authorizations are being pursued in all major pig producing markets.
“I think Improvac is entering markets at a time when decisions on how to raise
pigs are being re-evaluated,” says Professor Deen. “Decision makers in
integrated companies will quickly see the benefits of improving feed
conversion and re-gaining the efficiency of growth which they have been
losing as a result of castrating piglets.”
The new look pork industry / page 4
Improvac works like a vaccine to block the activity of the testes temporarily in
the finishing stage and thus remove the risk of boar taint in the carcass. But
because it becomes fully effective only a matter of weeks before slaughter,
the pig spends most of its life growing like an intact boar.
“This means we can maintain a much more efficient feed conversion and get
better growth in the fattening stage,” says Professor Deen. “It’s not overall
feed conversion that is the issue here, it’s the marginal feed conversion, the
feed conversion during the latter stages of the barrow’s life when it lays down
more back fat and feed conversion is less efficient.”
“In some markets the large amount of back fat laid down in the late fattening
stage is a block to larger carcasses. When this is avoided by using Improvac,
then larger carcasses will become acceptable.”
Even in non-castrating markets, Improvac will bring benefits, he says.
“In markets where carcass size is restricted due to boar taint, it will allow
producers to make use of the efficient growth in the finishing stage and be
able to sell bigger, more valuable carcasses.”
“I think Improvac will become an industry standard in many markets,” says
Professor Deen, “especially as we continue to consolidate. In Brazil for
example, it has already become an accepted part of production in many of the
large pig producing companies.”
The increasing communication up and down the pork supply chain is another
factor which is facilitating the adoption of new ideas and management
systems in the industry, says Professor Deen.
The new look pork industry / page 5
“This means that new ideas and products that have benefits for more than
one part of the supply chain are more likely to be taken on. This is one of the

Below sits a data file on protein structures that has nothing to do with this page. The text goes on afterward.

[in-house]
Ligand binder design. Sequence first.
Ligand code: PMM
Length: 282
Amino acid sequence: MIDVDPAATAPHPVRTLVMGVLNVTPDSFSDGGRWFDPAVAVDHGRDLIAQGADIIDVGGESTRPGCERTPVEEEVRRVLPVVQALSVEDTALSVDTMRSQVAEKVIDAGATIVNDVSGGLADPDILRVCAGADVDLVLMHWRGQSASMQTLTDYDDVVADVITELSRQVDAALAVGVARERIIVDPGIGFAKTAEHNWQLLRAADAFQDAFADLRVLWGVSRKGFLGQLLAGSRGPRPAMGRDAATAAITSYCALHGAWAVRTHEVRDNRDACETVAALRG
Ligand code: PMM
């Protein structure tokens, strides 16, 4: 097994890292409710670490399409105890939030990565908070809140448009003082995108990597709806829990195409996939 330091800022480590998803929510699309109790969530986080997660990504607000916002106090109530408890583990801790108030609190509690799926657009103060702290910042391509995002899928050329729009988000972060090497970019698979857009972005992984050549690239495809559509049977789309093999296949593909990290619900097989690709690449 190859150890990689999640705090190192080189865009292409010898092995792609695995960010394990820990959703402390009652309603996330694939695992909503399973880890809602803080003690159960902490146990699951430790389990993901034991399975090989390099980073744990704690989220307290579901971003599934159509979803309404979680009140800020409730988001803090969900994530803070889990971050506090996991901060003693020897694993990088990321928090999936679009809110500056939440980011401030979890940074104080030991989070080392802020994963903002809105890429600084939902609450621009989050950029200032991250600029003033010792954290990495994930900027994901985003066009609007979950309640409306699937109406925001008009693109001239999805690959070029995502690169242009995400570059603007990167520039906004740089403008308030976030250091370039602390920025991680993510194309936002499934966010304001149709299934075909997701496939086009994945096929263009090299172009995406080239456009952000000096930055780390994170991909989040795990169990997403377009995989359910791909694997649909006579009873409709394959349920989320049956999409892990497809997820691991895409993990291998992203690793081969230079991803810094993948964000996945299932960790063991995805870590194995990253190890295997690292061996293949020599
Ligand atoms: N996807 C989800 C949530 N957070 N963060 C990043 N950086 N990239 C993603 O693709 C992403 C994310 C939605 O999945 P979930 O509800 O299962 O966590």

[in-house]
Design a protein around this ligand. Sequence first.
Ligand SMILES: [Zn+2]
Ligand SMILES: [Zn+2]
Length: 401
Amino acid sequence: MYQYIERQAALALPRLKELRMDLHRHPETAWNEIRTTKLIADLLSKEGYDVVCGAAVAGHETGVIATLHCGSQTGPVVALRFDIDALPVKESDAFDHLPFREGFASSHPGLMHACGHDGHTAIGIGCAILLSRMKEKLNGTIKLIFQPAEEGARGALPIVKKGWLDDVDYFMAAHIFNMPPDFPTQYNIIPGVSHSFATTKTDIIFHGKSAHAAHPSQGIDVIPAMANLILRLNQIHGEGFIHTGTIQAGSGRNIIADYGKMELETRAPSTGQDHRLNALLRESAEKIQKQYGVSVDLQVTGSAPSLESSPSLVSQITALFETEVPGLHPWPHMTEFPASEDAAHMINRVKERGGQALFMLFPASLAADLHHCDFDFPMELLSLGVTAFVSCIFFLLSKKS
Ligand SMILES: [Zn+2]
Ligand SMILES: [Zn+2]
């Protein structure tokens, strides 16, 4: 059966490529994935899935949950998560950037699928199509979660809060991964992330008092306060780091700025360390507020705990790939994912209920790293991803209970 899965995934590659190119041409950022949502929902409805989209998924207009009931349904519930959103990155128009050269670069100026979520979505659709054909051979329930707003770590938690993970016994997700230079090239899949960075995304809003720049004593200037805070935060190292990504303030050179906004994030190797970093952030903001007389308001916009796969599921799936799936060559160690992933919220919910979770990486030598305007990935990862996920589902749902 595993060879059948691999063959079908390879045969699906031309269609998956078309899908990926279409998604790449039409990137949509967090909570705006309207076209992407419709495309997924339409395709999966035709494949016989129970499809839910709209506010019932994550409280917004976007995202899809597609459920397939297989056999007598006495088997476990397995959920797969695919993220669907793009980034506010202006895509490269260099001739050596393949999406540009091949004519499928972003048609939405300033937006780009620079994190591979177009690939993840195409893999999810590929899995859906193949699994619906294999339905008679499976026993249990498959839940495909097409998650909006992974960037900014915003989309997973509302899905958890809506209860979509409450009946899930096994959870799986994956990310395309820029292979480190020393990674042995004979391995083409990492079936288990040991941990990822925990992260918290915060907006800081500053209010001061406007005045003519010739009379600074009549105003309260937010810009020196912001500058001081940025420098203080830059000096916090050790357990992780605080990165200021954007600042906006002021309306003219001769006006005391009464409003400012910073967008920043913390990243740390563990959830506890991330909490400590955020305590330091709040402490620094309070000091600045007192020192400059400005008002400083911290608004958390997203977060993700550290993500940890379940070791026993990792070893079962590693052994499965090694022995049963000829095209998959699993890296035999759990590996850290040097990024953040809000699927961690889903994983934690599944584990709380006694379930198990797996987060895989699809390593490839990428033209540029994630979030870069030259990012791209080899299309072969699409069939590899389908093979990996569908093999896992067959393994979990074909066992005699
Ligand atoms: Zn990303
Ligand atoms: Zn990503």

benefits of the increasing vertical integration that we are seeing in the
This increased communication reaches as far as the consumer, he says, and
the resulting transparency will also affect the industry and its methods of
“There is an increasing dialogue with consumers and we are getting a lot
more questions about our production methods. So there is a growing concern
in the industry over consumer acceptance and consumer recognition that
there are alternatives. As markets refine their industries, there will be a real
attraction to products that deliver this kind of acceptance.”
So does this all mean the end for the smaller producer?
Not necessarily, says Professor Deen:
“There are small producers who do a good job and there will still be a place
for those that can utilise their inherent husbandry skills. But there will be much
more emphasis on production and real pressure on smaller pig producers in
some markets – those that produce 15-18 pigs/sow/year.”
Those producers that do prosper in the future are more likely to find
themselves close to their feed source, he adds.
The new look pork industry / page 6
“Feed has to be available but there is an increase in energy costs, so
transportation is more expensive. Also, the waste from swine units will be
more valuable as fertiliser prices continue to increase. There will be a bias in
the new market towards integration with grain production. The location of the
swine industry will be driven by proximity to crops and fertiliser need. It will
focus on areas that can produce pork more capably and utilise the resource
they have.”
Swine production is undoubtedly changing. The new look industry is likely to
be more efficient, more integrated and more consumer aware. Feed
conversion efficiency will become an important production parameter and cost
cutting will focus more on making the most of swine physiology to reduce the
losses associated with inefficient production.
But perhaps the final word is best left to Professor Deen:
“Necessity is the mother of invention – and the pork industry needs to find
more efficient ways of producing a high quality product.”